I wonder how many out there have, upon reading Steve Jobs’ recent commencement address, have reconfigured their life to pursue their dreams. First Richard MacManus cited Jobs’ speech as inspiration. Now, Charlie Wood, VP of Enterprise Solutions of Newsgator, has left his job to start a new venture. Spanning Partners will offer RSS integration services that will expand the use of RSS beyond the mere delivery of posts from blogs to something much broader. At the PC level, you have a data bus which shuttles bits from the hard disk, to RAM, to processor, to video card and back again. In much the same way, RSS could become the virtual delivery bus for information interconnecting all the new APIs which are exposing themselves to the intranet and internet.

This is much the same vision that Microsoft is pushing as part of it’s RSS is Everywhere vision outlined in my previous post. When you start extending the standard to allow for structured content to be exchanged, not just between humans and their readers but between applications and devices, it opens up all sorts of opportunities.

This reminds me of an earlier jam session I had with an engineer at Reuter’s research labs a couple years agon on how structured news feeds from Factiva could automate transactions. In the example we dreamed up, we thought of using Factiva to drive the generation of sales leads for a consulting company. Using filters on the rich meta data that comes with Factiva news stories, an example could be,

  1. Create a filter to select all stories of all new mergers in my key industry with a dateline of San Francisco,
  2. The subset of stories would then be fed via RSS to an API which would read these stories, strip out the company ticker symbols and use them to pull contact information from another database such as Hoovers or InfoUSA for the VP of Sales name and email address at each company,
  3. Use and API to the CRM to check if the prospect was already a client, if not, then populate the VP of Sales contact information into an email template which would address each VP of Sales with a letter of introduction introducing your company’s sales integration services.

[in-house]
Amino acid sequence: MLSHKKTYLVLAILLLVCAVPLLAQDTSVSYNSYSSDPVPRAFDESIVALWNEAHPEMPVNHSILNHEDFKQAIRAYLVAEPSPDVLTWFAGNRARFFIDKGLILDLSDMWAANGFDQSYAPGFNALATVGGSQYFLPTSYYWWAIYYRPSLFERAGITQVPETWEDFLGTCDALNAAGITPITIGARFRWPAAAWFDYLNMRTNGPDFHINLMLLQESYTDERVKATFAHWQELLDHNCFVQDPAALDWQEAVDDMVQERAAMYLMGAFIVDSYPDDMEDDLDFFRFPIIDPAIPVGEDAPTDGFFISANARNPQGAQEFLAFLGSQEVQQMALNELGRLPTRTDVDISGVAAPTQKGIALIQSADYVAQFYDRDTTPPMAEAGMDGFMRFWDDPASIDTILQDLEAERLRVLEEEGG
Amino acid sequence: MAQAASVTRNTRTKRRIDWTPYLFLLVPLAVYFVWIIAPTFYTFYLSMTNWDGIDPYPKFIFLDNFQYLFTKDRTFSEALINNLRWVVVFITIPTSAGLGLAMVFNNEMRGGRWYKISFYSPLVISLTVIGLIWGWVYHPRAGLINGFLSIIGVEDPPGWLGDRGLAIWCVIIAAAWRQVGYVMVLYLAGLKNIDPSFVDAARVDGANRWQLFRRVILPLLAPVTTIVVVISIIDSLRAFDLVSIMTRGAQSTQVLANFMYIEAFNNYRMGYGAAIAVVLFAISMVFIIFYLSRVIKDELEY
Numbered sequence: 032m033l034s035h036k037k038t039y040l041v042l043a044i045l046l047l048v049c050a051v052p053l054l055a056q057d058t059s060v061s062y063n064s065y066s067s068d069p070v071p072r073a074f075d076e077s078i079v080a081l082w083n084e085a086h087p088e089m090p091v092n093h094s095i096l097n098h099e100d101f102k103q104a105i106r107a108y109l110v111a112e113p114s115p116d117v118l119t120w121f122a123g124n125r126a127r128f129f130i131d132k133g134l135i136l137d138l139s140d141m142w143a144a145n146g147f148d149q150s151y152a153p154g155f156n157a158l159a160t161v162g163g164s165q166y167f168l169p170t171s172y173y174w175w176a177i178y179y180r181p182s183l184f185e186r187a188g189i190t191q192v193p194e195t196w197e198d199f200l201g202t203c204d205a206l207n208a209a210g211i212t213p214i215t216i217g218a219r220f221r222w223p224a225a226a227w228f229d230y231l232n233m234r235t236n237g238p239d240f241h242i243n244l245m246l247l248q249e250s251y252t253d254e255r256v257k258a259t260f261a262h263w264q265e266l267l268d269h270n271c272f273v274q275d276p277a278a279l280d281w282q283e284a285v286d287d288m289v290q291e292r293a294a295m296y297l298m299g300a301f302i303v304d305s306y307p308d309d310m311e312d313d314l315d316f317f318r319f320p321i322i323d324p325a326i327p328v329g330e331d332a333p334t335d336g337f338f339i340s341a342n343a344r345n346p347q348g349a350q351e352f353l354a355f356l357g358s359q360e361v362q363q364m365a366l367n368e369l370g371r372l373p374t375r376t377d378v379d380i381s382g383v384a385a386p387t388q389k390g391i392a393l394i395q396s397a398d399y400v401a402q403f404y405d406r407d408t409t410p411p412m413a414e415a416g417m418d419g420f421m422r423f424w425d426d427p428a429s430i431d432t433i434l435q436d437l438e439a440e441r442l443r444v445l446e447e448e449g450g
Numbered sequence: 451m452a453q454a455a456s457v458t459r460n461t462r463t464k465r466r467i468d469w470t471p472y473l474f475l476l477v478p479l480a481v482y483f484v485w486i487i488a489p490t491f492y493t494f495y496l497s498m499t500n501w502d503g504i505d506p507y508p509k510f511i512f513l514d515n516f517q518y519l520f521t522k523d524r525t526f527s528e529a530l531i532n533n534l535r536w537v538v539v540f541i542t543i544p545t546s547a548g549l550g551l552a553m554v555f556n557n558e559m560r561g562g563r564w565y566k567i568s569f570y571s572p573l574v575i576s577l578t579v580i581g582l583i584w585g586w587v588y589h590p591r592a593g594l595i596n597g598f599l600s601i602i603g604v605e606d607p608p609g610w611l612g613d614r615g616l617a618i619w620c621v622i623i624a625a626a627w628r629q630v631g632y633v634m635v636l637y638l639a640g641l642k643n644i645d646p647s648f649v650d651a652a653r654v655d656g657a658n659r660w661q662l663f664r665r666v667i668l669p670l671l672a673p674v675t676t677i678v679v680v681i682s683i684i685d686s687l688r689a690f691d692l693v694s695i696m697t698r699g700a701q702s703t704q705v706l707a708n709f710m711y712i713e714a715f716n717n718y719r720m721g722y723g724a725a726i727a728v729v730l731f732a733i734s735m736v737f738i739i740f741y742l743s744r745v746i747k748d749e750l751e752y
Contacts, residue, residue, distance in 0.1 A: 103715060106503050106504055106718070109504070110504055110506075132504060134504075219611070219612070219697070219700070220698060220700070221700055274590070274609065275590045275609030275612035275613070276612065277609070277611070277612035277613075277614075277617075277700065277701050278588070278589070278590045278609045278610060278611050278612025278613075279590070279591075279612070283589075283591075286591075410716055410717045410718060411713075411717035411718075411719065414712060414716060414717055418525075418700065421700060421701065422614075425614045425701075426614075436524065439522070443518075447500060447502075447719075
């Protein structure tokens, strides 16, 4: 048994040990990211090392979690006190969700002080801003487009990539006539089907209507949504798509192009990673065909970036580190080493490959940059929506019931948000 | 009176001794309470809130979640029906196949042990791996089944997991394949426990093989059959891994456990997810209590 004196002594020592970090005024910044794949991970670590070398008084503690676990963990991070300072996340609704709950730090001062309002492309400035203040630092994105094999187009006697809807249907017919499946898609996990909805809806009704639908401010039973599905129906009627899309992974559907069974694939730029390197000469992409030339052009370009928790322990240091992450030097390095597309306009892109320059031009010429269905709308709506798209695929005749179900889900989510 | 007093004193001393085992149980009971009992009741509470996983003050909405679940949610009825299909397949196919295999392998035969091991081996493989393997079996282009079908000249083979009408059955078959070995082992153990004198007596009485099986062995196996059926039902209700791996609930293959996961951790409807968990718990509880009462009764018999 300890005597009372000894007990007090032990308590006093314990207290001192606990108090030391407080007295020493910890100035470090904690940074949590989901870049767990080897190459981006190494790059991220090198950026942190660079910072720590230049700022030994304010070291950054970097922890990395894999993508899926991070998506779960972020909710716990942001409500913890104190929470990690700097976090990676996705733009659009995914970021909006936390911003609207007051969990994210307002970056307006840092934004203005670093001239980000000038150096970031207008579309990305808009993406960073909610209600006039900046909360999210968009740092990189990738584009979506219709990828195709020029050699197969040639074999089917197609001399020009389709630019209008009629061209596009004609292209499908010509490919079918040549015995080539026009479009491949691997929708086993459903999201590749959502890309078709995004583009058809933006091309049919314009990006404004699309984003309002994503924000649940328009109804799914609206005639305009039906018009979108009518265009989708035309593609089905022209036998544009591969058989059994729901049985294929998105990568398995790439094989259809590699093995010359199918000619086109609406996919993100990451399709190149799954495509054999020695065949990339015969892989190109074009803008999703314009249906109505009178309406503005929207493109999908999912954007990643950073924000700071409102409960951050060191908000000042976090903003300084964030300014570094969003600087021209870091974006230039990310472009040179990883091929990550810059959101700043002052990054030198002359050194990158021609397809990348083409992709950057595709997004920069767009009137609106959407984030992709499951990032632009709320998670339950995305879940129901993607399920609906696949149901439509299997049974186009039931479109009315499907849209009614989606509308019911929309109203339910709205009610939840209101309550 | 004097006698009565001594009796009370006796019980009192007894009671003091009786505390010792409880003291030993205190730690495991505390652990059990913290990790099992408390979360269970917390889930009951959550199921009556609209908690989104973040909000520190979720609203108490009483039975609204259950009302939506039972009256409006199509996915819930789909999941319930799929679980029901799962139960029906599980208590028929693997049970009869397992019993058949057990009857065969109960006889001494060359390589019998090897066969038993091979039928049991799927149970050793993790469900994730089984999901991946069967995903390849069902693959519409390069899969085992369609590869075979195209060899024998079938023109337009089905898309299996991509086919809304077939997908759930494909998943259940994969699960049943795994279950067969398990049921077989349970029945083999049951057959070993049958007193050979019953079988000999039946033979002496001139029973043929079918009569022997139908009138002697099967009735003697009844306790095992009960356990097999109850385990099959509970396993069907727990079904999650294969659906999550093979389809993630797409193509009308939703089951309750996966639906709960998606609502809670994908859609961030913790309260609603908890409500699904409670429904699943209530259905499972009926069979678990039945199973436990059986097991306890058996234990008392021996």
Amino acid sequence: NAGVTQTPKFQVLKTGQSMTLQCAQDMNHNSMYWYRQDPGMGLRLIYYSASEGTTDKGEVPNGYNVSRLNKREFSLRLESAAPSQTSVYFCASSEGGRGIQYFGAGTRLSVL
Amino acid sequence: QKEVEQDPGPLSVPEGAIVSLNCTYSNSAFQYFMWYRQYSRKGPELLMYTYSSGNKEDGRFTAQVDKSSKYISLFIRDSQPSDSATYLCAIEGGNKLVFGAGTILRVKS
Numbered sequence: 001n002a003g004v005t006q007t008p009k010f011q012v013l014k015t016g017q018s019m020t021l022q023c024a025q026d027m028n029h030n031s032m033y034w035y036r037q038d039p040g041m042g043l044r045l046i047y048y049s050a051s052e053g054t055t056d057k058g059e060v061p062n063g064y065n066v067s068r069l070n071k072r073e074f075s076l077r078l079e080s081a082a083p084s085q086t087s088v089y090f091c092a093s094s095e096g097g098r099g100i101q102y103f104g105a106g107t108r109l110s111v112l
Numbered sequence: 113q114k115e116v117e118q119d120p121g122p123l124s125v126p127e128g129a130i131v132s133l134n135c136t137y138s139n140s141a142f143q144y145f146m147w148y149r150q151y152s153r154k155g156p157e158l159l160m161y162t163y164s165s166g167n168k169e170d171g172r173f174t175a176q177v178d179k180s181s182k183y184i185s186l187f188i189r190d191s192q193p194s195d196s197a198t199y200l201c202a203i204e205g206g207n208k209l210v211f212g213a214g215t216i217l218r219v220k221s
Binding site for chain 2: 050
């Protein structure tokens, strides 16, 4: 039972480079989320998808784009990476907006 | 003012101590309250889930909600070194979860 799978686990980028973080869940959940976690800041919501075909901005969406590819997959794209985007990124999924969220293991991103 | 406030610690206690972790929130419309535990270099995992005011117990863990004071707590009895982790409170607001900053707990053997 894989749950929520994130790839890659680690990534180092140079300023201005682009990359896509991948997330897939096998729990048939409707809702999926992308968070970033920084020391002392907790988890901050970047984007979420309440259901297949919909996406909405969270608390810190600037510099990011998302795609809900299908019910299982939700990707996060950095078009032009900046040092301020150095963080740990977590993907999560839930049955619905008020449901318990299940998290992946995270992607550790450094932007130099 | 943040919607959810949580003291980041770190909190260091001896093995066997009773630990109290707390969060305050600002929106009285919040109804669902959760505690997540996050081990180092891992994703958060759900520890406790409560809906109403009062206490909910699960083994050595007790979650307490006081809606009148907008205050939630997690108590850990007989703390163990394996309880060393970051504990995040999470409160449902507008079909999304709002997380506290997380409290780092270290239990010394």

All three steps could be done in advance automatically, the salesperson only needs to review the content of the email before sending it off and making a note to follow up.

One quote sticks in my mind from the Channel 9 video mentioned in my earlier post. Precious programmer resources were being wasted as each person had to write their own connector to information. Once you standardize that, the developers can move up the stack and focus on the more interesting task of what you can do with that information.

When market data feeds were moving from analog to digital transmissions, there was a time when everyone was too busy writing feed handlers to really focus on anything more than parsing data. Once the feed handlers were written and commoditized, there was an explosion of creativity that gave birth to sophisticated applications that could throw market data around to drive risk analysis and automated trading applications. I would argue that this enabled the entire field of complex derivative and arbitrage trading that revolutionized the finanancial markets (for better or worse) in the mid-90’s.

Flash-forward to 2005 and we see the same enabler with RSS. Standardize the interface and delivery of information (calendars, inventory, pricing, traffic, reviews, top ten lists, etc.) and then you unleash a flurry of new services that mix and mash the intersection of these pieces of information to create new insight and opportunity.

Pull a list of the top ten albums according to Billboard and cross index with a list of all acts playing at the Warfield in San Francisco in the next two months. If there’s a match, pull together links to reviews from my favorite rock critic and paste them into a page that you call the, “Automatic Concert Reminder” and you’ve got a new service. Add your own unique editorial to each concert and you’ve got a service that adds value and will hopefully attract a readership. Sell tickets via an affiliate link and you’ve got a business.